DIA MURALS:      INTRODUCTION      BROCHURE      RIVERA COURT      EAST      WEST      EXIT  



In the Beginning: East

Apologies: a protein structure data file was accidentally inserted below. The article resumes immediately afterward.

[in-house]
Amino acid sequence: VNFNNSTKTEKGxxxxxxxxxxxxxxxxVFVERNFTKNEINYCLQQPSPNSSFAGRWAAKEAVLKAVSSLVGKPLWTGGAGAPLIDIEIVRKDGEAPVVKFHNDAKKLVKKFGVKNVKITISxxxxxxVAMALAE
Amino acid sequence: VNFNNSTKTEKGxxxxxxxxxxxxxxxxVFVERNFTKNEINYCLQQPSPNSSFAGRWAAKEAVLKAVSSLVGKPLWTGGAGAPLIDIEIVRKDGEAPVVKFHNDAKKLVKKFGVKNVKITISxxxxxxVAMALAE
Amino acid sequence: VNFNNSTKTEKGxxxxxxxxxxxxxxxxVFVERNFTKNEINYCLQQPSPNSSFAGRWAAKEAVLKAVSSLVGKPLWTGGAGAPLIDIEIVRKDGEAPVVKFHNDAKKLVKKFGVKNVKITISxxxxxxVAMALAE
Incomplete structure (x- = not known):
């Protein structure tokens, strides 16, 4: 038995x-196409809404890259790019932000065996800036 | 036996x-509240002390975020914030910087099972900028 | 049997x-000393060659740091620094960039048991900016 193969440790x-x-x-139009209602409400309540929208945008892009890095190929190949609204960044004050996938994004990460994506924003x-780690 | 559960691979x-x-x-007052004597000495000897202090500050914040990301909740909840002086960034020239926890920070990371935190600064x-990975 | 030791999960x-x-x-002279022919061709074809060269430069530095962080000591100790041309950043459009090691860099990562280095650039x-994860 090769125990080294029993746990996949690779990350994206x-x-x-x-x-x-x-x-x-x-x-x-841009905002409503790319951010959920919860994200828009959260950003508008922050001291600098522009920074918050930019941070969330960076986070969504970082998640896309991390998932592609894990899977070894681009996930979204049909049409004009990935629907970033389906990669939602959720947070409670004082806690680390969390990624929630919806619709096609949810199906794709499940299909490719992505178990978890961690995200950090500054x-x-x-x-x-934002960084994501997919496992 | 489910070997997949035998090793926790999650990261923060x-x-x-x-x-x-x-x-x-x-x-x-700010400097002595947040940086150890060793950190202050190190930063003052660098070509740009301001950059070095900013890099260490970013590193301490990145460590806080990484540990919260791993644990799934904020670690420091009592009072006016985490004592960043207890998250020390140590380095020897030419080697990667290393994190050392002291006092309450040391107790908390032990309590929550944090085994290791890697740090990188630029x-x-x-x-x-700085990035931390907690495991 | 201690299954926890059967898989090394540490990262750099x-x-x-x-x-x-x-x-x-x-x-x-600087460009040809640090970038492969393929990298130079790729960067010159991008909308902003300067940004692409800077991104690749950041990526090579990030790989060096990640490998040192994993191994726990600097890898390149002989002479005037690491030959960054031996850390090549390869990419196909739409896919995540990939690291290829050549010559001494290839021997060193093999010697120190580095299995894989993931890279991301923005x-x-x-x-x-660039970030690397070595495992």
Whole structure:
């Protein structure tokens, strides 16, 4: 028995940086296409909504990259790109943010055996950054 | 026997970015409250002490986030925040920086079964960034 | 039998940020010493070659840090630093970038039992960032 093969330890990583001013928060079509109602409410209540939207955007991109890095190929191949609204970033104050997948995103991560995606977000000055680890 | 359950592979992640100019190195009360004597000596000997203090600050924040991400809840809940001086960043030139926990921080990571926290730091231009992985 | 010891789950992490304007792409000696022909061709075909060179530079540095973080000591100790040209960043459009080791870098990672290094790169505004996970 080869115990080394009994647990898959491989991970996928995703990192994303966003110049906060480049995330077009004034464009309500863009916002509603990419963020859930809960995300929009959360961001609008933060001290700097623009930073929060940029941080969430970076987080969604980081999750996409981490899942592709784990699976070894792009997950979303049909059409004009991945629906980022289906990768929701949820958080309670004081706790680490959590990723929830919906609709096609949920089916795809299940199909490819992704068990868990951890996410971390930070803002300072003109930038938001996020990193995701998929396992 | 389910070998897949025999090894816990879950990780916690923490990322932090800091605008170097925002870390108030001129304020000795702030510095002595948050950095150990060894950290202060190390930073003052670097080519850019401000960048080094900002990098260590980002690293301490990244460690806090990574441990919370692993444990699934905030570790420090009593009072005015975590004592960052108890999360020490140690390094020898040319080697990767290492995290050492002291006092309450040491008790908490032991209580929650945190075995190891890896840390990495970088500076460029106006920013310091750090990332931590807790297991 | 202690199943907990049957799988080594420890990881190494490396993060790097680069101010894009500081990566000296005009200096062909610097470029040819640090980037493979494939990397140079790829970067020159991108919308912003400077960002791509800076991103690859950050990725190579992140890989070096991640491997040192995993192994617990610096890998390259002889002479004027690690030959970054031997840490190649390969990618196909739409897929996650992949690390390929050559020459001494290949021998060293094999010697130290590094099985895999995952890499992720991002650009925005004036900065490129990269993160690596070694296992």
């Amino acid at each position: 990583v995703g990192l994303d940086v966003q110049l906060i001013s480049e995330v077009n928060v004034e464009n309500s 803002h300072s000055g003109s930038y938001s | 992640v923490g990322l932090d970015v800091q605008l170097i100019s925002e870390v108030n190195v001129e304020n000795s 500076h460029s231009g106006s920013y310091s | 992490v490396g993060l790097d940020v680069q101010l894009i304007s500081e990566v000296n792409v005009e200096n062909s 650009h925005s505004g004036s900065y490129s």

The east wall is the first wall that you see when entering Rivera Court, it is also the beginning of the narrative told through Rivera's murals. This wall includes an infant rooted in the earth and nestled in a plant that reaches further into the soil, and out into the plowshares that frame the bottom left and right of the center panel on the wall. On the upper left, above the infant, is a nude indigenous woman holding wheat, and on the upper right, is another nude indigenous woman, holding apples. Small still-life panels of fruit are beneath each of the women. The women are not presented as overtly sexual beings; instead, they are equated with the earth, fertility, and the harvest that they hold in their arms. According to Rivera, the infant, plant, and fruit represented life's origins and human dependence on the earth. The plowshares represented both the connection between technology and the earth, while also implying that there is a risk in technology because the sharp edged plowshares surround the helpless infant. This is the beginning of a complicated portrayal of technology as both productive and destructive. By placing technology with the infant, in the first panel visible to a viewer entering the court, Rivera demonstrates his belief that technology is part of the future and is as natural as the infant and fruit displayed on this wall.